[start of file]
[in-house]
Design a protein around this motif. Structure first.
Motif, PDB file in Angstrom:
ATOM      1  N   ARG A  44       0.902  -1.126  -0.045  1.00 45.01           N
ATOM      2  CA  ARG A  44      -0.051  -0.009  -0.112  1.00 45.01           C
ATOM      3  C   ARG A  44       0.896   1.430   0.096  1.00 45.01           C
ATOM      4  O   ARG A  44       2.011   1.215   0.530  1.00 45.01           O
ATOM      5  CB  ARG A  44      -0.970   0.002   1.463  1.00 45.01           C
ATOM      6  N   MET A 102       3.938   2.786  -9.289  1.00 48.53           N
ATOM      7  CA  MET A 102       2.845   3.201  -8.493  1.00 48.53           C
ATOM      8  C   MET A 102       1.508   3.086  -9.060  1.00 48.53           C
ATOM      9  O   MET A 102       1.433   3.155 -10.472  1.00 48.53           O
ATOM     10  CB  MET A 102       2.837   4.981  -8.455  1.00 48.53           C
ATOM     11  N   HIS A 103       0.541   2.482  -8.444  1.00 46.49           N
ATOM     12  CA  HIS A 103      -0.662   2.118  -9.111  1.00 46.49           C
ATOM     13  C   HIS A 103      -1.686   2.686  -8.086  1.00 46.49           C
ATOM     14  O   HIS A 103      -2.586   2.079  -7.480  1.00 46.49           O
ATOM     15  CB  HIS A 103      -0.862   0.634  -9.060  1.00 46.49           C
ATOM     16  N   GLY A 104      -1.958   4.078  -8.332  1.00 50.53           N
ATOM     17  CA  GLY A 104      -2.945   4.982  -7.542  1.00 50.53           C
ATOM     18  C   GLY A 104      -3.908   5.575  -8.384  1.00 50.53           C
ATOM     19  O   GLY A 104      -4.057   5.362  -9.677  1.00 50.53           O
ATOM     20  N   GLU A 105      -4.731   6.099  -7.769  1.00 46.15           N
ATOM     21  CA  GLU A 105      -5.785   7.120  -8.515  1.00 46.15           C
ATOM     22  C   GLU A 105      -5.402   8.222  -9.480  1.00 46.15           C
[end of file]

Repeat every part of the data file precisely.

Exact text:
[in-house]
Design a protein around this motif. Structure first.
Motif, PDB file in Angstrom:
ATOM      1  N   ARG A  44       0.902  -1.126  -0.045  1.00 45.01           N
ATOM      2  CA  ARG A  44      -0.051  -0.009  -0.112  1.00 45.01           C
ATOM      3  C   ARG A  44       0.896   1.430   0.096  1.00 45.01           C
ATOM      4  O   ARG A  44       2.011   1.215   0.530  1.00 45.01           O
ATOM      5  CB  ARG A  44      -0.970   0.002   1.463  1.00 45.01           C
ATOM      6  N   MET A 102       3.938   2.786  -9.289  1.00 48.53           N
ATOM      7  CA  MET A 102       2.845   3.201  -8.493  1.00 48.53           C
ATOM      8  C   MET A 102       1.508   3.086  -9.060  1.00 48.53           C
ATOM      9  O   MET A 102       1.433   3.155 -10.472  1.00 48.53           O
ATOM     10  CB  MET A 102       2.837   4.981  -8.455  1.00 48.53           C
ATOM     11  N   HIS A 103       0.541   2.482  -8.444  1.00 46.49           N
ATOM     12  CA  HIS A 103      -0.662   2.118  -9.111  1.00 46.49           C
ATOM     13  C   HIS A 103      -1.686   2.686  -8.086  1.00 46.49           C
ATOM     14  O   HIS A 103      -2.586   2.079  -7.480  1.00 46.49           O
ATOM     15  CB  HIS A 103      -0.862   0.634  -9.060  1.00 46.49           C
ATOM     16  N   GLY A 104      -1.958   4.078  -8.332  1.00 50.53           N
ATOM     17  CA  GLY A 104      -2.945   4.982  -7.542  1.00 50.53           C
ATOM     18  C   GLY A 104      -3.908   5.575  -8.384  1.00 50.53           C
ATOM     19  O   GLY A 104      -4.057   5.362  -9.677  1.00 50.53           O
ATOM     20  N   GLU A 105      -4.731   6.099  -7.769  1.00 46.15           N
ATOM     21  CA  GLU A 105      -5.785   7.120  -8.515  1.00 46.15           C
ATOM     22  C   GLU A 105      -5.402   8.222  -9.480  1.00 46.15           C